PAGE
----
We teamed up with Building Pictures, Filipa Figueira and Tiago Vieira to feature weekly episodes of their video series “Arquitectura à Moda do Porto,” which highlights Porto’s most significant buildings over the last 20 years.
The series was launched in December 2013 and is comprised of 10 episodes, each focusing on a different theme: light, stairs, balconies, nature, textures, doors, windows, skylights, pavements and structures.
Last week we presented the series’ fourth episode on Porto’s natural environment, and now we present Episode 5 – Textures. Read the producers’ description of the video after the break.
Six years after the original announcement of the project, the first phase of Mecanoo’s new Train Station and City Hall complex in Delft, The Netherlands, has been opened to the public. Within the new station hall an undulating ‘vault’, which has been designed to evoke an “unforgettable arrival experience”, features a scaled 1877 map of the Dutch city rendered in blue and white. Columns wrapped in a mosaic of Delft-blue titles, also reminiscent of the colours of Delftware, one of the city’s most famous global exports. The station platforms below ground have been designed by Benthem Crouwel, the Dutch practice behind Rotterdam Centraal Station.
“…In many of our architecture schools [...] we’re finding that the students themselves are asking for a more socially-conscious and a more environmentally-conscious kind of architecture, a kind of architecture that really serves human needs.” In the latest Arbuckle Industries‘ Archiculture interview, former Boston Architectural College President Ted Landsmark discusses his experience in the industry. He delves into the demographic trends that make up the field of architecture today, and the influence these have on the work that is being done. He also touches on the “privileged” ideology associated with architecture, and how the shifting global demands and client preferences are abandoning this mentality.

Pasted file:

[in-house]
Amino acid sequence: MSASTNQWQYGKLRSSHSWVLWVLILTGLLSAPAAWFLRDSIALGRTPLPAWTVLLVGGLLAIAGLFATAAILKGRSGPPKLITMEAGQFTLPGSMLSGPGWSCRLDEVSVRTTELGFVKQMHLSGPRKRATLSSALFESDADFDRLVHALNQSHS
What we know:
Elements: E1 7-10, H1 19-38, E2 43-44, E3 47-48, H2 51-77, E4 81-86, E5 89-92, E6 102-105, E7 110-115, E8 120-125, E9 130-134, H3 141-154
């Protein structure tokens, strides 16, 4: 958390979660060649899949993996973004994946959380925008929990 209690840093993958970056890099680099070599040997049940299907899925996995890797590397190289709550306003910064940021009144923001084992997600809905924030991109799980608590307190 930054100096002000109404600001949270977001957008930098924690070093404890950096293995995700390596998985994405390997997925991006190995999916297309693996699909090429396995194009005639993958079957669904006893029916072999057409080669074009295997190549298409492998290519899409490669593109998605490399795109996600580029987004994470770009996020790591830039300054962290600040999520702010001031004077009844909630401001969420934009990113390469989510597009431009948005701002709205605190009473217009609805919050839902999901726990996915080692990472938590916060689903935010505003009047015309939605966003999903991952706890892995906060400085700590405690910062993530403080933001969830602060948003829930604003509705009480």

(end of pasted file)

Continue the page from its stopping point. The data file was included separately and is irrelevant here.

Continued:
The project is part of a high density office park masterplan in Ordos City, located in Inner Mongolia, in which developments are subject to stringent zoning regulations. Offices included in the area must be comprised of multiple cubic volumes, and lack what NADAAA and Himma Studio describe as “an immediate urban context.” Learn more about the project and the architects’ response to these considerations after the break.
Since the end of the Second World War, one of the biggest agents for social change has been the “Boomer” generation, those born in the postwar years who thanks to a spike in birth rates in those years represent a disproportionate amount of the population. But as this group ages, what will their effect on our cities be? In this article, originally published by Metropolis Magazine as “How Boomers Will Shape the Future of Our Cities,” principle at CannonDesign Peter Ellis outlines what his generation will need from the places they live as they get older.
I am an architect, and a designer of cities. I am also among the Boomer generation, the 65-year-plus demographic that, due to our increasing numbers, is creating a giant bubble at the upper end of the population charts.